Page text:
Q. Over the past six months, we have made several attempts to mail a former employee her last paycheck by certified mail. We believe we have the correct address because we mailed her other items by regular mail during this period and none has been returned. What legal obligations do we have, if any, to get this check to her?
A. Employers should make every effort to get a paycheck to a former employee by the next scheduled pay date following the employee’s separation from employment.
The Pennsylvania Wage Payment and Collection Law, P.L. 637, No. 329, provides that “whenever an employer separates an employee from the, or whenever an employee quits or resigns his employment, the wages or compensation earned shall become due and payable not later than the next regular payday of his employer on which such wages would otherwise be due and payable. If requested by the employee, such payment shall be made by certified mail.”
By attempting to send the check by certified mail, you have acted with due diligence and are not in violation of any wage laws.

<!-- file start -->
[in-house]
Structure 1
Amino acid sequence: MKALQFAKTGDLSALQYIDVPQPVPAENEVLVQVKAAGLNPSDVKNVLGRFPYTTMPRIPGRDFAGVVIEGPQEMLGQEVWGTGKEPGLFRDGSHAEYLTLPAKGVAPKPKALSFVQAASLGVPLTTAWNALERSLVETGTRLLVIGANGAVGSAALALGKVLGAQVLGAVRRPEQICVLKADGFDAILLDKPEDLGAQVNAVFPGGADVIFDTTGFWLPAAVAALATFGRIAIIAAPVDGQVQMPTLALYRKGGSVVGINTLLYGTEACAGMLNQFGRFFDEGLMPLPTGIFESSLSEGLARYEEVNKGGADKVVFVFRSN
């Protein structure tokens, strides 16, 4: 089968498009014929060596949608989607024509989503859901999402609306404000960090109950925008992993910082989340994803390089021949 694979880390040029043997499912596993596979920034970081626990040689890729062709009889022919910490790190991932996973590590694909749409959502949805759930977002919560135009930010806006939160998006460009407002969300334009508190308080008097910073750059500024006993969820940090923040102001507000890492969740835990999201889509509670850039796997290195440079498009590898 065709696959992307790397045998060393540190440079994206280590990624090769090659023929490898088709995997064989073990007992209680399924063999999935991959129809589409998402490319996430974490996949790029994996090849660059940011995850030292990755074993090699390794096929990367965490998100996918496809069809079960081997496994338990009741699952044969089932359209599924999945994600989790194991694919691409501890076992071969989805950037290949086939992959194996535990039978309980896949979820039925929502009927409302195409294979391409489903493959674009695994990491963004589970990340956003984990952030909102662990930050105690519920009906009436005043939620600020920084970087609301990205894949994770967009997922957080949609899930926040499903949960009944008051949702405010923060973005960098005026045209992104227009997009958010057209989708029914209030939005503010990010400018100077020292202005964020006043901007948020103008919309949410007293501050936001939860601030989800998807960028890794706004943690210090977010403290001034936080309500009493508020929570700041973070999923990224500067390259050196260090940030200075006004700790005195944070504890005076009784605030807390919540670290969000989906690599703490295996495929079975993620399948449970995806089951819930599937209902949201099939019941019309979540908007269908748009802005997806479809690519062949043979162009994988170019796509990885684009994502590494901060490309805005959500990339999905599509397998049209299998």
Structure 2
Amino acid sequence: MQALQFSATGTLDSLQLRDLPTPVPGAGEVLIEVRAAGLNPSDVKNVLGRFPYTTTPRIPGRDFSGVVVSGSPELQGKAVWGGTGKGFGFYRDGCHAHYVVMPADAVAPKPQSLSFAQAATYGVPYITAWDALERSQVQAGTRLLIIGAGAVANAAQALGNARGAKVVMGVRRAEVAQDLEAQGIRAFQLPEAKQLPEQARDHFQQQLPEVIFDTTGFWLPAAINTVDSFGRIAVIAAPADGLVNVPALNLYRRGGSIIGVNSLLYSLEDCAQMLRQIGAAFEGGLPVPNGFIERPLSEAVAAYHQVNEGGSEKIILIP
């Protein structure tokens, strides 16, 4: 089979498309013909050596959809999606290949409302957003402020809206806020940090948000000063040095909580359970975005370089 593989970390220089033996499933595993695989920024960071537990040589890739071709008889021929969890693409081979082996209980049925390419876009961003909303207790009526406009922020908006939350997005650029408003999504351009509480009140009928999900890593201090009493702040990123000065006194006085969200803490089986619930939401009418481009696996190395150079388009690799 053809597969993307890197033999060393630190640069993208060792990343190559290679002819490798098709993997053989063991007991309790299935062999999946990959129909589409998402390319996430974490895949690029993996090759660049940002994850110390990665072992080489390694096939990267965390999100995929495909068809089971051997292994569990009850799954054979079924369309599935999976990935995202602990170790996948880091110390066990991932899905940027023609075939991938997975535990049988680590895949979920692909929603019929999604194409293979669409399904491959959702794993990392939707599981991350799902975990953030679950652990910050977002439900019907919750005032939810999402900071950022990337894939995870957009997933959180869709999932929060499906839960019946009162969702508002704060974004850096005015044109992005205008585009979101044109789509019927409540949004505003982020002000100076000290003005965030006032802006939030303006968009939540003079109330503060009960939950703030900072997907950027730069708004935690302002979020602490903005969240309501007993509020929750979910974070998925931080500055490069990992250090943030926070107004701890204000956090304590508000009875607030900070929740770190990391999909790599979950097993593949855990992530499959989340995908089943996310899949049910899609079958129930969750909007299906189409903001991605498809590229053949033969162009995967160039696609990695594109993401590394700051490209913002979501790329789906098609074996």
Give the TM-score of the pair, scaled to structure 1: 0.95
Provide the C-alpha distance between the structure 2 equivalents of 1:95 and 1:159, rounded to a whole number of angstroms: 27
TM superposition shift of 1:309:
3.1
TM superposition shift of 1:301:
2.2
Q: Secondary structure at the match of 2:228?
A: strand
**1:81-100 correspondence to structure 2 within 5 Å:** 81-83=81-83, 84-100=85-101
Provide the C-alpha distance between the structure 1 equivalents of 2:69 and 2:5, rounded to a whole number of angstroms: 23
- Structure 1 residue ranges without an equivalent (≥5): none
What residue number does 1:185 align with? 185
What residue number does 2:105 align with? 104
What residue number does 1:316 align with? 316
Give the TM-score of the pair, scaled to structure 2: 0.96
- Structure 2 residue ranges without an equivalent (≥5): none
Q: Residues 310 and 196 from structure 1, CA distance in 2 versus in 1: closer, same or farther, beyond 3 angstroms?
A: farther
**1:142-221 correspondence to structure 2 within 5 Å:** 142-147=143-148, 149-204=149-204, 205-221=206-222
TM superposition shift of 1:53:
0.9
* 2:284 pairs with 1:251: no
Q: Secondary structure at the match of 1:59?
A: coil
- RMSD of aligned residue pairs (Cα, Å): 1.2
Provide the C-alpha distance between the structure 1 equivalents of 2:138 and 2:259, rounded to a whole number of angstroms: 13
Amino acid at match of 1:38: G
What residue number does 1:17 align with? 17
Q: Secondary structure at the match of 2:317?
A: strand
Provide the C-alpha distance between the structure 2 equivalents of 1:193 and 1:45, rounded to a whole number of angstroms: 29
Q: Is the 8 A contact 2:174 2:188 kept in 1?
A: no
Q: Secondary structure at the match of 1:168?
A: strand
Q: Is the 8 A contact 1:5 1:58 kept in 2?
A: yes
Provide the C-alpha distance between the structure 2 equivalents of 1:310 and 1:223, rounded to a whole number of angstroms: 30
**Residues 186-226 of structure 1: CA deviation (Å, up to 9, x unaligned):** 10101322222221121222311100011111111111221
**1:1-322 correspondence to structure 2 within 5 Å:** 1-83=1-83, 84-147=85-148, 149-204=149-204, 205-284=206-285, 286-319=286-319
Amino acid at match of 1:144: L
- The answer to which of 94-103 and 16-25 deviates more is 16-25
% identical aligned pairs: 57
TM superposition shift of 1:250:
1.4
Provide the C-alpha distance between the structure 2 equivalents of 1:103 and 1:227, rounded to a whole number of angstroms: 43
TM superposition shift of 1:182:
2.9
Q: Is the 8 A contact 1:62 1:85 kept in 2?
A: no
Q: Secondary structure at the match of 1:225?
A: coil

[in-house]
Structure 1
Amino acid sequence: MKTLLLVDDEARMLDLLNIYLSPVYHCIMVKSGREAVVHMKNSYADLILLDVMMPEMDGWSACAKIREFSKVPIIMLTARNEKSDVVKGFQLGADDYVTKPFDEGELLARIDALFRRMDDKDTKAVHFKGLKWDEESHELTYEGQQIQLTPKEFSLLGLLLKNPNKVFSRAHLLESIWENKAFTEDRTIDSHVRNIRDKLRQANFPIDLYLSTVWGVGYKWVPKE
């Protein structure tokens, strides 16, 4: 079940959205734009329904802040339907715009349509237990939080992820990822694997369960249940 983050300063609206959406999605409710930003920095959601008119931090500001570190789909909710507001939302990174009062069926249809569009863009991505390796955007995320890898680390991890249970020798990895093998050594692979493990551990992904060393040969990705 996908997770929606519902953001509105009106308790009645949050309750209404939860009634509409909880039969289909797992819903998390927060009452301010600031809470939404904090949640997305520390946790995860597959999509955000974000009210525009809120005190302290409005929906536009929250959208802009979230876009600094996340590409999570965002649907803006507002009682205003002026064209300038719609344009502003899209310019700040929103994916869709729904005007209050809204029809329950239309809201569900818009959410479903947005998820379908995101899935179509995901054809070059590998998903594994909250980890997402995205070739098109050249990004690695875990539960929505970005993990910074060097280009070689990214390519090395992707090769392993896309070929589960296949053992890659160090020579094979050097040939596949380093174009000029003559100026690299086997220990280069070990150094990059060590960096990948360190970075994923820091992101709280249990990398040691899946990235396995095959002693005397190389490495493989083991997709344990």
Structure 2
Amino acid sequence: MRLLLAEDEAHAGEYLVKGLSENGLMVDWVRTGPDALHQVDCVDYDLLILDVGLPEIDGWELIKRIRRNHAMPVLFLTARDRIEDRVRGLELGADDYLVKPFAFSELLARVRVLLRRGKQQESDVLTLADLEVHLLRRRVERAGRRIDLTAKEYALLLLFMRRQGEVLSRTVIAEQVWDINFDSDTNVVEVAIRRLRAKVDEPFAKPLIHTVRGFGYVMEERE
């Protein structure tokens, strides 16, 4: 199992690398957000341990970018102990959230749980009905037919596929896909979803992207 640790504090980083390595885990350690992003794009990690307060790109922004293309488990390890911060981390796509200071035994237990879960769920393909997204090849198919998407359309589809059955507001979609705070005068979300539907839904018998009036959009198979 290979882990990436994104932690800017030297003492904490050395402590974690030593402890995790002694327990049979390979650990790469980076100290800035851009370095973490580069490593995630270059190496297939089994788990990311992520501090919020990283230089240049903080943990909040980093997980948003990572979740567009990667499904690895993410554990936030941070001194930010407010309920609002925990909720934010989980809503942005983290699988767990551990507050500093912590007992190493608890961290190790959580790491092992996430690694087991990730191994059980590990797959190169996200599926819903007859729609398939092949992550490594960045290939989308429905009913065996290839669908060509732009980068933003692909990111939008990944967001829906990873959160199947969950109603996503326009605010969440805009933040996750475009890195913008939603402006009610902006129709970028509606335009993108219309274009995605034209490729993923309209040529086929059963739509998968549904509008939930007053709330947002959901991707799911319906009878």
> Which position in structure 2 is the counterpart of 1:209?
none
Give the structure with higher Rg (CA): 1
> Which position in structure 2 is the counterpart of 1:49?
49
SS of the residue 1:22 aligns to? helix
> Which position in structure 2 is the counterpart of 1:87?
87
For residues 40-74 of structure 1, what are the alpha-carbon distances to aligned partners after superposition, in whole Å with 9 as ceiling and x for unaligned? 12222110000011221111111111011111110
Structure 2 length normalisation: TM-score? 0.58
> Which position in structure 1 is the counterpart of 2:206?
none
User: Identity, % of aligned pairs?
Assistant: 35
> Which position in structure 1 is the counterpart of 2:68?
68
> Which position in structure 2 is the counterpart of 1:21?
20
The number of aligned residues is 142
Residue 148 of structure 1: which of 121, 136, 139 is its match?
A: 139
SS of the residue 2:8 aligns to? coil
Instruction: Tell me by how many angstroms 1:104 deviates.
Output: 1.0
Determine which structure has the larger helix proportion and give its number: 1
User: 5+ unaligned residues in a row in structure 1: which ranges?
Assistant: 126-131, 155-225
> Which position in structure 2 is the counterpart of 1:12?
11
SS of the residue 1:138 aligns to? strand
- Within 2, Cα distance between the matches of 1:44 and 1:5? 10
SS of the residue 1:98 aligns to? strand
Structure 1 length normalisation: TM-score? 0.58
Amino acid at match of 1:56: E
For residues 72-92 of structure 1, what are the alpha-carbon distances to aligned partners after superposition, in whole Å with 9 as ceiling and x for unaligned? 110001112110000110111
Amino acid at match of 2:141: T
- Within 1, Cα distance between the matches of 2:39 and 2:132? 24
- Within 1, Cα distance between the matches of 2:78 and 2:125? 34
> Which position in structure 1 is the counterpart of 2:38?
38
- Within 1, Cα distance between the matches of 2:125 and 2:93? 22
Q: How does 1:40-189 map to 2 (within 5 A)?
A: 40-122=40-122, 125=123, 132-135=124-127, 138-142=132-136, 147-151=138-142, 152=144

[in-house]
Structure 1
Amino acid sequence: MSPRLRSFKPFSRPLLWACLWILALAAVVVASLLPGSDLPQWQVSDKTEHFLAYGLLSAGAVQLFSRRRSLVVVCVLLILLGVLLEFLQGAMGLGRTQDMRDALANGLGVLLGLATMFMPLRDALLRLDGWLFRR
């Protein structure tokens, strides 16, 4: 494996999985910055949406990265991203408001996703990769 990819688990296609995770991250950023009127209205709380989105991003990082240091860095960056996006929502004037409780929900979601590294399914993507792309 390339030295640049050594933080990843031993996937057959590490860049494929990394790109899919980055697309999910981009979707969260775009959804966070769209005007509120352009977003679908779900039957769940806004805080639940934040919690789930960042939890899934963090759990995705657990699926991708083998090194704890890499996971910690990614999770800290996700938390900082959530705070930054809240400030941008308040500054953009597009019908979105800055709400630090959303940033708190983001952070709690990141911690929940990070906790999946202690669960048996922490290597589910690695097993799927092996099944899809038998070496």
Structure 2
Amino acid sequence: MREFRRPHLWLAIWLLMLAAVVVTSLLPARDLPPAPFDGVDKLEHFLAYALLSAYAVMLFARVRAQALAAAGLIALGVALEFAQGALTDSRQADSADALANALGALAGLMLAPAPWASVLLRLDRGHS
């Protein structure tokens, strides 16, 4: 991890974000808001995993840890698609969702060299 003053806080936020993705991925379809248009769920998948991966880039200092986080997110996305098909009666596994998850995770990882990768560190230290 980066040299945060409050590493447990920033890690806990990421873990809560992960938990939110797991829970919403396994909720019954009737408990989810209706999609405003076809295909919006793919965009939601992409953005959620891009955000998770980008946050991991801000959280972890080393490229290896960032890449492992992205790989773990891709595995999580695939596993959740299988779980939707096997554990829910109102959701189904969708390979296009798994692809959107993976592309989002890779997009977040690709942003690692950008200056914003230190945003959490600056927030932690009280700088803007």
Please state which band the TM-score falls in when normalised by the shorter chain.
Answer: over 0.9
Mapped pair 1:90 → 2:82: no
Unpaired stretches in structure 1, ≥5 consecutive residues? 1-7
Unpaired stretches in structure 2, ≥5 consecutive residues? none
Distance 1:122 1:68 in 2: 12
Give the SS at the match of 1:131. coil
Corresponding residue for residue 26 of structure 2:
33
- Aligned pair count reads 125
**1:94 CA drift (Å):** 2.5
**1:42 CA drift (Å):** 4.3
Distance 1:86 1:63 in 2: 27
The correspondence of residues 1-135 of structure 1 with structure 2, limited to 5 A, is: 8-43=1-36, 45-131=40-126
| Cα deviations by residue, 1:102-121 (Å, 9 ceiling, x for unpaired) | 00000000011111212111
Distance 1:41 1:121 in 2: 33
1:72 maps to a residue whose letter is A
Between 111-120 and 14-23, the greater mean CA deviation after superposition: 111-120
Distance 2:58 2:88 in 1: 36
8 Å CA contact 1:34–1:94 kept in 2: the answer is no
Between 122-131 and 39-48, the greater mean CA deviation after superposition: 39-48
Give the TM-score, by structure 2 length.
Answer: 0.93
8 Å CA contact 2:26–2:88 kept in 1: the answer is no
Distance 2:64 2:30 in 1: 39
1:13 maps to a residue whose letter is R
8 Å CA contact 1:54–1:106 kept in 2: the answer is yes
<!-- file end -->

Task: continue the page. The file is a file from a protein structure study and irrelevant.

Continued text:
You will probably eventually hear from your former employee about her final paycheck. If she doesn’t contact you, put the paycheck and proof that you tried to send it by certified mail into the employee’s personnel file.
If the former employee complains to the Pennsylvania Department of Labor and Industry, then you can submit the check to the Department of Labor and Industry to show that you attempted to deliver it to the employee.
- How to Fire an Employee the Legal Way: 6 Termination Guidelines
- How to Write Meeting Minutes
- PTOs go mainstream; benchmark your plan
- FLSA violations cost Houston grocer $2 million
- Office romance: Don't ban it; manage it the right way
- When inconsistency pays: Lack of uniform policy helps get class action decertified